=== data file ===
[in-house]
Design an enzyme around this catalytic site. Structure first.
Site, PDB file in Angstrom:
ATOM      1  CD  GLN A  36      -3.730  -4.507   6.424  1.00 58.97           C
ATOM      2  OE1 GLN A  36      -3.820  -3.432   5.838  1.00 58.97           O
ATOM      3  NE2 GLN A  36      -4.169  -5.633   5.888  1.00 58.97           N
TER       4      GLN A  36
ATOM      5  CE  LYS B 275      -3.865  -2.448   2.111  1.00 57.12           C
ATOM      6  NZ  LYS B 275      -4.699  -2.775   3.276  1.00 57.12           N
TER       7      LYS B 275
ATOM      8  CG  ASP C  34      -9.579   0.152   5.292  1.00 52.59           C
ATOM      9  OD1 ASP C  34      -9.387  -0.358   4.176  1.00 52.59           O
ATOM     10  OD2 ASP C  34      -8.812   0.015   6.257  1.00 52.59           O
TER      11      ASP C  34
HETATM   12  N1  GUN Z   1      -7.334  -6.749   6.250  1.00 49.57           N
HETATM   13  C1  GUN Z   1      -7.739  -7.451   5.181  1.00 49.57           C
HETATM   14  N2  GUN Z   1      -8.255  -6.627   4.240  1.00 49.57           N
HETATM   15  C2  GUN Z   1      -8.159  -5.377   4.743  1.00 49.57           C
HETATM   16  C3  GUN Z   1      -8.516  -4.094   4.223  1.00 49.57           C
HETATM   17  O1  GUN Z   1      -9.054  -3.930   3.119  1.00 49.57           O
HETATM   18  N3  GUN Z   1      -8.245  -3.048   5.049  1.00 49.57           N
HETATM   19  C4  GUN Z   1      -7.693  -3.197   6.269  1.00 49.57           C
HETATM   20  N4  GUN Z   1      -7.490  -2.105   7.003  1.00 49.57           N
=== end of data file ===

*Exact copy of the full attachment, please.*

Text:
[in-house]
Design an enzyme around this catalytic site. Structure first.
Site, PDB file in Angstrom:
ATOM      1  CD  GLN A  36      -3.730  -4.507   6.424  1.00 58.97           C
ATOM      2  OE1 GLN A  36      -3.820  -3.432   5.838  1.00 58.97           O
ATOM      3  NE2 GLN A  36      -4.169  -5.633   5.888  1.00 58.97           N
TER       4      GLN A  36
ATOM      5  CE  LYS B 275      -3.865  -2.448   2.111  1.00 57.12           C
ATOM      6  NZ  LYS B 275      -4.699  -2.775   3.276  1.00 57.12           N
TER       7      LYS B 275
ATOM      8  CG  ASP C  34      -9.579   0.152   5.292  1.00 52.59           C
ATOM      9  OD1 ASP C  34      -9.387  -0.358   4.176  1.00 52.59           O
ATOM     10  OD2 ASP C  34      -8.812   0.015   6.257  1.00 52.59           O
TER      11      ASP C  34
HETATM   12  N1  GUN Z   1      -7.334  -6.749   6.250  1.00 49.57           N
HETATM   13  C1  GUN Z   1      -7.739  -7.451   5.181  1.00 49.57           C
HETATM   14  N2  GUN Z   1      -8.255  -6.627   4.240  1.00 49.57           N
HETATM   15  C2  GUN Z   1      -8.159  -5.377   4.743  1.00 49.57           C
HETATM   16  C3  GUN Z   1      -8.516  -4.094   4.223  1.00 49.57           C
HETATM   17  O1  GUN Z   1      -9.054  -3.930   3.119  1.00 49.57           O
HETATM   18  N3  GUN Z   1      -8.245  -3.048   5.049  1.00 49.57           N
HETATM   19  C4  GUN Z   1      -7.693  -3.197   6.269  1.00 49.57           C
HETATM   20  N4  GUN Z   1      -7.490  -2.105   7.003  1.00 49.57           N